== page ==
The Fastest Websites In Wagga

Here’s proof in some undeniable data, this is a technical article that could make your eyes bleed and send you to sleep if you’re not interested in website performance. It describes our journey to have the fastest hosting and site setup possibly available for us and for our clients.

Everyone wants to be fast and with that comes a long process of figuring out how to optimise a website to match against three specific categories. Performance, SEO, Accessibility and best practice. We’ll talk about each area below and how it related to Get Leads in order to get 100/100 based score on Google Lighthouse.

We originally launched our new Get Leads website back in October last year. It had been in development for around 6 months prior to that figuring out the strategy needed to be executed to draw new work in the area and with the customers we desire to work with, the professional services sectors. Competition was low in Wagga with other agencies and IT guys websites being fairly well optimised on the web server side but usually not at the application level. If you tested sites you’d get between a 50-80 type speed test rating for Google’s core metrics. At that point in time I managed to rank myself number 1 for “Web design Wagga” after 6 months of writing blogs like this one as well as some other press release off-site SEO work. “Web Design Wagga” is the search term that get’s most of the organic traffic for my geographic area.

One important point of note here is that if you get a referral from organic ranking as a web design agency often these customers are not the best customers. It’s the ones you get from word of mouth referral that are the best. That said, you still need to practice what you preach when it comes to having the best practices implemented for your site.

You can’t control your competitors

I found Get Leads on the back foot in April with a competitor finally upgrading their site no doubt in response to a new contender in the market. The site was well designed, applied strategy and to my horror scored a 99/100 for Google’s core metrics. At the same time my ranking went down to number 2 on Google for my chosen target keyword. Making websites fast 10 years ago use to be far easier I remember to what it is now and so I crawled down the rabbit hole note knowing where it would lead me and if I would be able to achieve a 99 ranking or even a 90 ranking.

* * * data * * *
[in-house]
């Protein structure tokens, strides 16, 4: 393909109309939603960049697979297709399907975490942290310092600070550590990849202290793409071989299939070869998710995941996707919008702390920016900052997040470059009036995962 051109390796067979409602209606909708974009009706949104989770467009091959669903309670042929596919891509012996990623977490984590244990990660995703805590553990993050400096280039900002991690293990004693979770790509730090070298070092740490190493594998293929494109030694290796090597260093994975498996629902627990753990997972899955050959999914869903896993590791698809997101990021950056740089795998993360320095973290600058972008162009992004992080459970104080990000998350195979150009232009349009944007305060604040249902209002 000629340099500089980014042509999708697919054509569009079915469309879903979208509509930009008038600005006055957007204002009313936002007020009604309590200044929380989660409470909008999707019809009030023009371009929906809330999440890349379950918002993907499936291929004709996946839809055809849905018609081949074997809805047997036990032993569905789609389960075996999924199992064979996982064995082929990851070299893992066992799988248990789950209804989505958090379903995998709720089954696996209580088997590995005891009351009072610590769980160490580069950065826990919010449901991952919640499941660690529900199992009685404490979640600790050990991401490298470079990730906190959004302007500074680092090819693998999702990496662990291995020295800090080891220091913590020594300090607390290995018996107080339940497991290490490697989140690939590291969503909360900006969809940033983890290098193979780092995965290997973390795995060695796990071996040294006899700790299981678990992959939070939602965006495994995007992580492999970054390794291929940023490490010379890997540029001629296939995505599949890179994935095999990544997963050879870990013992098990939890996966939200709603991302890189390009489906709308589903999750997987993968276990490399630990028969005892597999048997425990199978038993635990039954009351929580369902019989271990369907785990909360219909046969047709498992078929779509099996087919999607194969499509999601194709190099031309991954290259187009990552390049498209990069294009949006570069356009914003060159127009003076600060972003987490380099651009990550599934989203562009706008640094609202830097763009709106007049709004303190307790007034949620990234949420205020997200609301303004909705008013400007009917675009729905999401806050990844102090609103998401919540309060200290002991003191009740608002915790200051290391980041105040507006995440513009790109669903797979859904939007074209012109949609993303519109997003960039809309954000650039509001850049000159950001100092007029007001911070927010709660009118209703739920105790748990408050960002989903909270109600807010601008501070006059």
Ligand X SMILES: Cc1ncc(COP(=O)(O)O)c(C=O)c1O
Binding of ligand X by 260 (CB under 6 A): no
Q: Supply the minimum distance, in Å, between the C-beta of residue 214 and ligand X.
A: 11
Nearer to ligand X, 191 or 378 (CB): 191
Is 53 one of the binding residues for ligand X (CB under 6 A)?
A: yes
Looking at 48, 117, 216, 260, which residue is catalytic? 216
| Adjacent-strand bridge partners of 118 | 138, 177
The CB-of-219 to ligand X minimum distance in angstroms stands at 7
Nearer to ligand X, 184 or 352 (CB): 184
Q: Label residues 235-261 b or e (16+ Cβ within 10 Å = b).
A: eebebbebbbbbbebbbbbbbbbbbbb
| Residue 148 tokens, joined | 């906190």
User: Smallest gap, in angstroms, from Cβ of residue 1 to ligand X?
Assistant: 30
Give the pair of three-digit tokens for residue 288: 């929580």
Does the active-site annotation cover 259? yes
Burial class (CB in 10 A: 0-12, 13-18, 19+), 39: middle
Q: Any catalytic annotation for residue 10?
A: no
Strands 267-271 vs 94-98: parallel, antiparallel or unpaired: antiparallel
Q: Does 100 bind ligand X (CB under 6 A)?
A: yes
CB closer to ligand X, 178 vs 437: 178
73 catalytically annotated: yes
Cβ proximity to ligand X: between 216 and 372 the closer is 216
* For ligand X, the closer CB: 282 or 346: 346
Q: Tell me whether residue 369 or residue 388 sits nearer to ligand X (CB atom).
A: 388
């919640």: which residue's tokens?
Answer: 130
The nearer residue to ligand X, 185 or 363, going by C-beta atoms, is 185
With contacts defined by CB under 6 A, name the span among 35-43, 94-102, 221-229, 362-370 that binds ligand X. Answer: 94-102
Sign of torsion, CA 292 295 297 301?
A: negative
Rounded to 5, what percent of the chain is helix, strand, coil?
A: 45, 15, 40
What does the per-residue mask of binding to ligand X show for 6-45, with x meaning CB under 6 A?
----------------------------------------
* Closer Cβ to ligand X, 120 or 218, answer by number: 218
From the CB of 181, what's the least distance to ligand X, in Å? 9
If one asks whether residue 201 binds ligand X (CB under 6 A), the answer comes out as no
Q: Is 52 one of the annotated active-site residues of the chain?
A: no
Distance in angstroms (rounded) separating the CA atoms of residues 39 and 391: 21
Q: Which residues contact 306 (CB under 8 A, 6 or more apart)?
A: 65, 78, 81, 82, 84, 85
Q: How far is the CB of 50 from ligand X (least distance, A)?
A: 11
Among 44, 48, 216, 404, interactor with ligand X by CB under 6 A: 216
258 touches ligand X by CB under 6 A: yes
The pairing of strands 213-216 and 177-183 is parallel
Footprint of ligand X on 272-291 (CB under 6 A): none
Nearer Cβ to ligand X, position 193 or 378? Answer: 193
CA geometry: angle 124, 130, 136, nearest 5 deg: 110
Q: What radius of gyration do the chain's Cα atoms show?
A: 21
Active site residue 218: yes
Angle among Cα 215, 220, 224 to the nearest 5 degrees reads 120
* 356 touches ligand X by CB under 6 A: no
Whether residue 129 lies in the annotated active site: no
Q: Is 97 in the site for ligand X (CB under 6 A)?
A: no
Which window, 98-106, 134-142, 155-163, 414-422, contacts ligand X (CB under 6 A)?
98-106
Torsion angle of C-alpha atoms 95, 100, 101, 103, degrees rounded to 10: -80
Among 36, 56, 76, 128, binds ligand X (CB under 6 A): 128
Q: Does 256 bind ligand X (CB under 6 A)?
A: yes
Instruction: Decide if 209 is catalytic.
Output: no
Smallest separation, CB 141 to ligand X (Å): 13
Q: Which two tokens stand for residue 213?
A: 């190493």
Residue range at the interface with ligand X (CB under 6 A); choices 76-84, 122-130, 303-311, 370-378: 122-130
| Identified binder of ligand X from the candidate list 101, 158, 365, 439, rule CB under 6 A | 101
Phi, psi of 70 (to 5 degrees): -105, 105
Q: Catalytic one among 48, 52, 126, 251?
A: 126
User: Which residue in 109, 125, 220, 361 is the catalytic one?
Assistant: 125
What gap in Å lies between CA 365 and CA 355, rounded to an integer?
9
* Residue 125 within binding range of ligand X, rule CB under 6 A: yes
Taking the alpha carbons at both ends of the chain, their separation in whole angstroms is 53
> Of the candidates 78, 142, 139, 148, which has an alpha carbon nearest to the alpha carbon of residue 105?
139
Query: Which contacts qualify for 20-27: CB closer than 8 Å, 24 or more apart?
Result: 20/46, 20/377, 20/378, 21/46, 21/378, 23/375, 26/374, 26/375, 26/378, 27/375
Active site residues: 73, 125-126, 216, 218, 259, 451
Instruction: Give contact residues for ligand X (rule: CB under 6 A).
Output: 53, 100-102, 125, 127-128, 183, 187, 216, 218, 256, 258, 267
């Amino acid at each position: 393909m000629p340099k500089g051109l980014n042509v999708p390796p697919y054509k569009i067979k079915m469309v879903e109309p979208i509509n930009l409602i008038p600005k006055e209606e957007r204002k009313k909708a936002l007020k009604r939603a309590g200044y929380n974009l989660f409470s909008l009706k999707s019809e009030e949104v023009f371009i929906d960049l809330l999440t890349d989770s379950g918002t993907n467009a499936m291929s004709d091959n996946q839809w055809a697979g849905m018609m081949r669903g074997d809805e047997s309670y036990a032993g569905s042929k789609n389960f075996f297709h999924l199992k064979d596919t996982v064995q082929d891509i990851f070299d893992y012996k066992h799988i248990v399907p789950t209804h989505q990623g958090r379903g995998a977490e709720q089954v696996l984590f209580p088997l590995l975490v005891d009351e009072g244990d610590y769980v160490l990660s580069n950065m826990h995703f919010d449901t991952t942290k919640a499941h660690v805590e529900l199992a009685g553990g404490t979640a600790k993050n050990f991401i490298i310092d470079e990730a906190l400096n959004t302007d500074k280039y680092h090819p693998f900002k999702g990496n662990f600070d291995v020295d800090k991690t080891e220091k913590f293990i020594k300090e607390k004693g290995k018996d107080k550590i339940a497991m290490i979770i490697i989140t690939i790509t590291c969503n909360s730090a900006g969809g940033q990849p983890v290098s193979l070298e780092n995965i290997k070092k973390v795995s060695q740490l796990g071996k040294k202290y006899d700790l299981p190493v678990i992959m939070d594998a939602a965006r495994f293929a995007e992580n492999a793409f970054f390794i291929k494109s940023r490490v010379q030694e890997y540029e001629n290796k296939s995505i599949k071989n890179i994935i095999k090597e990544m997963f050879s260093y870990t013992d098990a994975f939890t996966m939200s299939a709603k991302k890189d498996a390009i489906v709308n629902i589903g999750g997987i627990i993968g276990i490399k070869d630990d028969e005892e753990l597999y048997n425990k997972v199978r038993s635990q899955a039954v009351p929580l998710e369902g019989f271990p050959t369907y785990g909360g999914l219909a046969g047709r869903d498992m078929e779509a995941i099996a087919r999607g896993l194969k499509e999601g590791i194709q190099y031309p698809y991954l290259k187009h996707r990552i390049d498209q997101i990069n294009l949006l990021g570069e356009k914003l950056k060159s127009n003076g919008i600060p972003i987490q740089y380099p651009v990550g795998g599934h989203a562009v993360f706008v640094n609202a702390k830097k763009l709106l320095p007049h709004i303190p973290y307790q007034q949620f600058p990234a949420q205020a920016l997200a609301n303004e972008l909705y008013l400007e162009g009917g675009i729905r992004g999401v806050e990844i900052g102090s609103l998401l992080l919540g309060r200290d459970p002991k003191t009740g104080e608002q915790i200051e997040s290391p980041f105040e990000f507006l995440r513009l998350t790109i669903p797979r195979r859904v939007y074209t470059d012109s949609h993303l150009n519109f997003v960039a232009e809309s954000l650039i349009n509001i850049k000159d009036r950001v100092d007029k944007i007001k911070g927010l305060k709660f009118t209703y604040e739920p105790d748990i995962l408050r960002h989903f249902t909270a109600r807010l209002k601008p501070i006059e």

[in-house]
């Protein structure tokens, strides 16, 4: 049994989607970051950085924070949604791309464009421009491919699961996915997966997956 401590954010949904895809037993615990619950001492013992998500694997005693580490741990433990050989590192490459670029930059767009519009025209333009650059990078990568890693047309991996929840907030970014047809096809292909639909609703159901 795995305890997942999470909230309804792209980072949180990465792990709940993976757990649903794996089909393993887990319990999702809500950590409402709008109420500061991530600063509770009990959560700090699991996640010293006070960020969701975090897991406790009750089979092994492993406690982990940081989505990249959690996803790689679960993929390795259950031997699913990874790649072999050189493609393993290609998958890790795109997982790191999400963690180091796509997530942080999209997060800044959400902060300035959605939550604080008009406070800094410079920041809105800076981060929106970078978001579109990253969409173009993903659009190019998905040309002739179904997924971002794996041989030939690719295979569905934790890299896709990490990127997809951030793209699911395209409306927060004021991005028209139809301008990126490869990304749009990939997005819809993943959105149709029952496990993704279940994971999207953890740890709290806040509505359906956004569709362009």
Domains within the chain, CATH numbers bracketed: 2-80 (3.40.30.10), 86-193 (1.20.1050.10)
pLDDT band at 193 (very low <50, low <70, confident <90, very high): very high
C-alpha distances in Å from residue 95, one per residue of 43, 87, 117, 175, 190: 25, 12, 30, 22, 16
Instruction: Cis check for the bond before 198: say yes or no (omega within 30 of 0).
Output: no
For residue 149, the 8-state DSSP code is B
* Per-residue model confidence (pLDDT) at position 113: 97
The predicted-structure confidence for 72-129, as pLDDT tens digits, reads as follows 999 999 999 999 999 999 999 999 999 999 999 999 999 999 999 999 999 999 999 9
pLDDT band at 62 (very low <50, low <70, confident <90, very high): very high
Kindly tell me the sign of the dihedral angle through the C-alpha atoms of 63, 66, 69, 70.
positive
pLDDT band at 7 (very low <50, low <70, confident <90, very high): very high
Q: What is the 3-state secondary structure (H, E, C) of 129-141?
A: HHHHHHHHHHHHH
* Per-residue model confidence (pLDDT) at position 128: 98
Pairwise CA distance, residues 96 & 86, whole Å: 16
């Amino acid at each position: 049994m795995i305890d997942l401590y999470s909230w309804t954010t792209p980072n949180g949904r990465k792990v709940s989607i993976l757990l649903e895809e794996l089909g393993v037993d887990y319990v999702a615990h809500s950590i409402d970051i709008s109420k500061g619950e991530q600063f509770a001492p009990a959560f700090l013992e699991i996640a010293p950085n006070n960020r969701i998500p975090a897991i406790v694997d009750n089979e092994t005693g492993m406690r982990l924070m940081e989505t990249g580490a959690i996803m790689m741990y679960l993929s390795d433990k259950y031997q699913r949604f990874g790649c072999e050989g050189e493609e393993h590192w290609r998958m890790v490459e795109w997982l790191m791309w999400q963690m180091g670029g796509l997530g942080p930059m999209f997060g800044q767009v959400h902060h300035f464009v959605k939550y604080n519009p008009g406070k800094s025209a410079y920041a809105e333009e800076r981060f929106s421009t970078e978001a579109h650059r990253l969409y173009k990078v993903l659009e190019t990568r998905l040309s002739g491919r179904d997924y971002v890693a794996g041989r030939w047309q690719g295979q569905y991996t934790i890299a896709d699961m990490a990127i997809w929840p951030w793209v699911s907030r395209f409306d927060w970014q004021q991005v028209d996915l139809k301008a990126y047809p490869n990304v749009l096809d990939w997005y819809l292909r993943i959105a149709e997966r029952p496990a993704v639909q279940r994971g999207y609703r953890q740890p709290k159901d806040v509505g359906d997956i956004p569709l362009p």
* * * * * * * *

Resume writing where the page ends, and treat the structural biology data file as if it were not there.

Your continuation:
I have nothing to hide with the below screen captures, I’d say I’d prefer Wagga based agencies to be offering quality hosting and best practice and as you will see some of them DO while other fail. It get’s Wagga businesses ahead on the national stage by doing good work.

If you are the owner of one of the above and you care enough to email me because you’ve updated your performance let me know and I’ll update your screen capture. Don’t even mind if it’s says you’re 110% and faster than mine.

How do you test your metrics and find out what you need to improve

In the past I’d always used GTMetrix to do my performance testing and then earlier this year they went super commercial and demanded that if I used them I’d need to have a paid account. There’s a stack of free performance testing tools out there including Google’s own Core Metric test Lighthouse. If I’m just doing a basic test on a customer site or prospect I may even use Speed Vitals which is fast easy and fairly visual.